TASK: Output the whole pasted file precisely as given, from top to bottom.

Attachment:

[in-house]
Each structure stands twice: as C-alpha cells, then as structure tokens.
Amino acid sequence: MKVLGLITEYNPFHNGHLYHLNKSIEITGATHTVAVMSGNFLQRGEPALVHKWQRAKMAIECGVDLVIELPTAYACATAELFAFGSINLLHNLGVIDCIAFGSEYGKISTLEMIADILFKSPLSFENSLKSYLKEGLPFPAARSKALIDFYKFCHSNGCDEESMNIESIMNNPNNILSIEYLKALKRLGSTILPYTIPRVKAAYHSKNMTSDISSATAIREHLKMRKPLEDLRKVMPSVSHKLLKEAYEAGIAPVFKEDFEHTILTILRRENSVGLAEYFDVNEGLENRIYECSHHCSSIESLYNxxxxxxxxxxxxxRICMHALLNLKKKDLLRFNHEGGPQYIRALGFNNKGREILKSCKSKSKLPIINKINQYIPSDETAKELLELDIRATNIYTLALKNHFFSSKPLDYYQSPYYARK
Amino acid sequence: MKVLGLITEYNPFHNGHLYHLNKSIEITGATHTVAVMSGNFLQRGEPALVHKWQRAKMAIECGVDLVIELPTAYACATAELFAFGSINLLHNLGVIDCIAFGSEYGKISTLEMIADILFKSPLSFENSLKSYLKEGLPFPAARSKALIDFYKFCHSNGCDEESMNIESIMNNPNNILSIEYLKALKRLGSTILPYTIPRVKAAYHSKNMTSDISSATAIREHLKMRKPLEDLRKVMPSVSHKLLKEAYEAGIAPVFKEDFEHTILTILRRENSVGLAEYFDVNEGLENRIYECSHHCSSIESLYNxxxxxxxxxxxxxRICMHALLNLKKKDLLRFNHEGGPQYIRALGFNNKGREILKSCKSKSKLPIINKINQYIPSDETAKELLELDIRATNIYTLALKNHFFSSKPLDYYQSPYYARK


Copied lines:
[in-house]
Each structure stands twice: as C-alpha cells, then as structure tokens.
Amino acid sequence: MKVLGLITEYNPFHNGHLYHLNKSIEITGATHTVAVMSGNFLQRGEPALVHKWQRAKMAIECGVDLVIELPTAYACATAELFAFGSINLLHNLGVIDCIAFGSEYGKISTLEMIADILFKSPLSFENSLKSYLKEGLPFPAARSKALIDFYKFCHSNGCDEESMNIESIMNNPNNILSIEYLKALKRLGSTILPYTIPRVKAAYHSKNMTSDISSATAIREHLKMRKPLEDLRKVMPSVSHKLLKEAYEAGIAPVFKEDFEHTILTILRRENSVGLAEYFDVNEGLENRIYECSHHCSSIESLYNxxxxxxxxxxxxxRICMHALLNLKKKDLLRFNHEGGPQYIRALGFNNKGREILKSCKSKSKLPIINKINQYIPSDETAKELLELDIRATNIYTLALKNHFFSSKPLDYYQSPYYARK
Amino acid sequence: MKVLGLITEYNPFHNGHLYHLNKSIEITGATHTVAVMSGNFLQRGEPALVHKWQRAKMAIECGVDLVIELPTAYACATAELFAFGSINLLHNLGVIDCIAFGSEYGKISTLEMIADILFKSPLSFENSLKSYLKEGLPFPAARSKALIDFYKFCHSNGCDEESMNIESIMNNPNNILSIEYLKALKRLGSTILPYTIPRVKAAYHSKNMTSDISSATAIREHLKMRKPLEDLRKVMPSVSHKLLKEAYEAGIAPVFKEDFEHTILTILRRENSVGLAEYFDVNEGLENRIYECSHHCSSIESLYNxxxxxxxxxxxxxRICMHALLNLKKKDLLRFNHEGGPQYIRALGFNNKGREILKSCKSKSKLPIINKINQYIPSDETAKELLELDIRATNIYTLALKNHFFSSKPLDYYQSPYYARK